Business / Technology

UIBE in innovation push

By Siva Sankar (China Daily) Updated: 2016-08-26 08:40

UIBE in innovation push

Startup entrepreneurs brainstorm at the Uiber Coffee, a crowdfunded venture of Uiber Innovation, in Beijing. ZHANG WEI / CHINA DAILY

Beijing-based university backs student-led F&B startup that is also a business incubator

China's focus on entrepreneurship is gaining momentum at universities, with students now founding an innovative food-and-beverage startup that is multipurpose in its scope.

The Beijing-based University of International Business and Economics has launched a startup accelerator.

Called Uiber Innovation, its first venture is Uiber Coffee, a crowd-funded plush cafe in the mold of Starbucks. A stone's throw from the UIBE campus, the cafe was soft-launched on Aug 13.

But Doris Li, operations manager of Uiber Coffee, calls it a startup incubator mainly aimed at UIBE students and alumni.

Founded by executive as well as regular MBA students of UIBE, the startup has already generated 2 million yuan ($300,000) in seed capital, Li said.

The first cafe is expected to help and coach more than 1,000 young people, and break even in one to two years, which could spawn a chain of cafe-cum-incubators in areas where UIBE students and alumni work and live "nationwide" and "even worldwide as they are settled across the globe", Li said.

The UIBE alumni association has already committed to using the cafe as its regular meeting hall. The business school of UIBE has created crash courses in innovation and entrepreneurship for the cafe's customers, Li said.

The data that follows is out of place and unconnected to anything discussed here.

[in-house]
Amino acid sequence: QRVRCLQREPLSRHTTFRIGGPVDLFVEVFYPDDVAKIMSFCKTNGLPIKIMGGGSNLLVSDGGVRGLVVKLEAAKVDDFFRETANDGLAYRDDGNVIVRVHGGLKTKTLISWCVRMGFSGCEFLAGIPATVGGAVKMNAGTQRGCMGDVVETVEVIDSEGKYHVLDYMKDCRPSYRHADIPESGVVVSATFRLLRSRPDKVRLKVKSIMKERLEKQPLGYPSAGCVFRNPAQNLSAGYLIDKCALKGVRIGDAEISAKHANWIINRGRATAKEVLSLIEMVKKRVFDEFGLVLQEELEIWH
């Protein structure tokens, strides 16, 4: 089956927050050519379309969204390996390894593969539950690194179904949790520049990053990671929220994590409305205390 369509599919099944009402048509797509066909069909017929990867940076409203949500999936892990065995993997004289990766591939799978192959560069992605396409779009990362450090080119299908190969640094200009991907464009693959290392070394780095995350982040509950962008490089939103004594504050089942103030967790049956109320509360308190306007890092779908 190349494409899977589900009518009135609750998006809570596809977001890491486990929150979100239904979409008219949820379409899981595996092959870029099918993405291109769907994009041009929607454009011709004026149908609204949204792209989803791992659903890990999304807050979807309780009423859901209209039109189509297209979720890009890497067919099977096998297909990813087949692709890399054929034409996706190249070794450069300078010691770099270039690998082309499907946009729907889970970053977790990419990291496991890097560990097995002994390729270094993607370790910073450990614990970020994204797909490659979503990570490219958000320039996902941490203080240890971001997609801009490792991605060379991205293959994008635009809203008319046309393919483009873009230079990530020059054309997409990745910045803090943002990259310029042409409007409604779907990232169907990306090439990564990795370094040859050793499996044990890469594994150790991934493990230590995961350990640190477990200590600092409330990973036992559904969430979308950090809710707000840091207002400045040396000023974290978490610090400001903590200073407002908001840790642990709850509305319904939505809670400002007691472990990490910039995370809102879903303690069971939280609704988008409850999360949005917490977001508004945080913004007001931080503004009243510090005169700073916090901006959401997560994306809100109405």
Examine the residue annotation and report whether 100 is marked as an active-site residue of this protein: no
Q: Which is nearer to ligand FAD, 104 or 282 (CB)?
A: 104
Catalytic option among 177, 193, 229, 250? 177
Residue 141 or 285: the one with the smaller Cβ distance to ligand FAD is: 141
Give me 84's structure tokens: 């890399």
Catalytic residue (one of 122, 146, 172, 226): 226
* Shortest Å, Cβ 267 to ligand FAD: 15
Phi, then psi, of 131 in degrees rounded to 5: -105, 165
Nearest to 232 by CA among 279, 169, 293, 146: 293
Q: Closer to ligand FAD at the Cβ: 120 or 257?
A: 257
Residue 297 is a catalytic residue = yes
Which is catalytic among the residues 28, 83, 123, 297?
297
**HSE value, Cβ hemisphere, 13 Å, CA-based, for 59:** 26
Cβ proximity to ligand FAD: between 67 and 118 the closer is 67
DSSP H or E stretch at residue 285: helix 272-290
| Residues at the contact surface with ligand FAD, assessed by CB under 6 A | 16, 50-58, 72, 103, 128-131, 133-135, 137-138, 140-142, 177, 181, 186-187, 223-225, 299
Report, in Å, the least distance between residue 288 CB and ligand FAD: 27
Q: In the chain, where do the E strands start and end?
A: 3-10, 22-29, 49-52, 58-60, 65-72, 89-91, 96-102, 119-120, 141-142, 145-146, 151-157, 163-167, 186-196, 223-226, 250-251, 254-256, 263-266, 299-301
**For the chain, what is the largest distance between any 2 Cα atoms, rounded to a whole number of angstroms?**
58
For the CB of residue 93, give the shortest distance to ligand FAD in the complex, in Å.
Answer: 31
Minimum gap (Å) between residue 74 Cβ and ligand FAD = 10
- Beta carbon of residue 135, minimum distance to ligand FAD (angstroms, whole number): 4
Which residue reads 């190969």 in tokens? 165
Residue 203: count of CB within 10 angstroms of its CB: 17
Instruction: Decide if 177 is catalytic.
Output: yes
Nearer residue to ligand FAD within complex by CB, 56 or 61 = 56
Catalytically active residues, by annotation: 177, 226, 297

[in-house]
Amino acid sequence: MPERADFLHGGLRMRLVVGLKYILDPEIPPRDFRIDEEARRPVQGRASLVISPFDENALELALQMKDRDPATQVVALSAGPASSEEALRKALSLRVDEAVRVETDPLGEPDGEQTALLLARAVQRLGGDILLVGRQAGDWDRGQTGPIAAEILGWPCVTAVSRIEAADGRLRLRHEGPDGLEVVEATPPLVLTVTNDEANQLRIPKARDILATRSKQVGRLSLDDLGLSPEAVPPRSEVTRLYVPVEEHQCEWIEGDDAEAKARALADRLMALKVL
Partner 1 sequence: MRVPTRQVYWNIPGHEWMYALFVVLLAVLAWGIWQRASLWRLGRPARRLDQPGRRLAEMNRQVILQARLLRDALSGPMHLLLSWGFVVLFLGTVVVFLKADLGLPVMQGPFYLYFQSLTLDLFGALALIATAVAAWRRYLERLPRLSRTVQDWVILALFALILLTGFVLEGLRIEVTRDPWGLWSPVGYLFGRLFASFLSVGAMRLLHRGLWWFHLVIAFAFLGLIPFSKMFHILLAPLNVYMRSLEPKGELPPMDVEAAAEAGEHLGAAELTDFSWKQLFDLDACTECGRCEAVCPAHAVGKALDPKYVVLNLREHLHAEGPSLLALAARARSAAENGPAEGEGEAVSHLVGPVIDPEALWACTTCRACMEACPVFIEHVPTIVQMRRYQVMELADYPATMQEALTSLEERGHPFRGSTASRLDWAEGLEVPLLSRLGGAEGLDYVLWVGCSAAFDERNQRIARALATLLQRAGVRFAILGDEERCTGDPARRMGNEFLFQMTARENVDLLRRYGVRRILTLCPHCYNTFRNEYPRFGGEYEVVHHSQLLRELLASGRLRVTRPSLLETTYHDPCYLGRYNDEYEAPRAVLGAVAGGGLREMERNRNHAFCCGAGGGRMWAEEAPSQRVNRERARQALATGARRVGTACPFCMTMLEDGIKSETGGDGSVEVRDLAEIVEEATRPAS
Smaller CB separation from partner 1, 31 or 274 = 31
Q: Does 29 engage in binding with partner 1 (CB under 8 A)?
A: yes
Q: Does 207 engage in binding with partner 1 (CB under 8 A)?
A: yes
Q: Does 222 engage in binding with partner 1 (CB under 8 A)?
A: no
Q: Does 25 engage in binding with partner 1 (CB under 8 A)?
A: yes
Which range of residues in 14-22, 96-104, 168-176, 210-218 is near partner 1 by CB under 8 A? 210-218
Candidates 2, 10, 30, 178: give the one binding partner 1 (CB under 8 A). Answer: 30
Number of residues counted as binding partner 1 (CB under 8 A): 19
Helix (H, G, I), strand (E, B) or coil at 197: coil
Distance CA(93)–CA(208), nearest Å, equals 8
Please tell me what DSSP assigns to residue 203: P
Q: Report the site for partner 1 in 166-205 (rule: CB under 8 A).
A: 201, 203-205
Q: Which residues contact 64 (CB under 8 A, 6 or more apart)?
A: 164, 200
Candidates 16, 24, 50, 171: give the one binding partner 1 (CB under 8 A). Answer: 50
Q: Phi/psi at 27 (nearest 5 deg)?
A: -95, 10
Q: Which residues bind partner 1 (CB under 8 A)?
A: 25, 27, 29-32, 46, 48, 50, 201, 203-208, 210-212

In addition, free mentoring will be on offer. UIBE professors would double up as part-time mentors. "Our key goal is to offer a serene atmosphere and infrastructure for tomorrow's entrepreneurs to meet, brainstorm, develop ideas, make pitches and presentations to prospective investors," Li said.

Uiber Coffee's first cafe is located amid the picturesque canal-side overlooking the Yuan Dynasty City Wall Relics Park in Chaoyang district so that "UIBE students could simply drop by after classes or make prior appointments for startup-related activities".

Besides food and beverage sales, revenue would flow from nominal rent for on-site workspace. Uiber Coffee would also pick up stakes in startups conceived and shaped on its premises, in exchange for services like counseling, lectures, financial advice, incubation and links to equity investors.

Wang Jian, founder of the Peking University Entrepreneurs Training Camp, said: "Inadequate infrastructure and lack of practical business experience are holding back student entrepreneurs. Ventures that can provide these will prove useful and timely."

Mahdi Ebrahimi, UIBE alumnus and an Iranian entrepreneur, agreed: "How I wish our MBA class of 2012 had similar support systems like Uiber Innovation. Startup programs at universities can help bring students, mentors and investors together."

Uiber Innovation is planning to incubate more than 100 startups every year. Subsidiaries with a focus on niche startups, entrepreneur education, new media and startup investment are conceivable, Li said.

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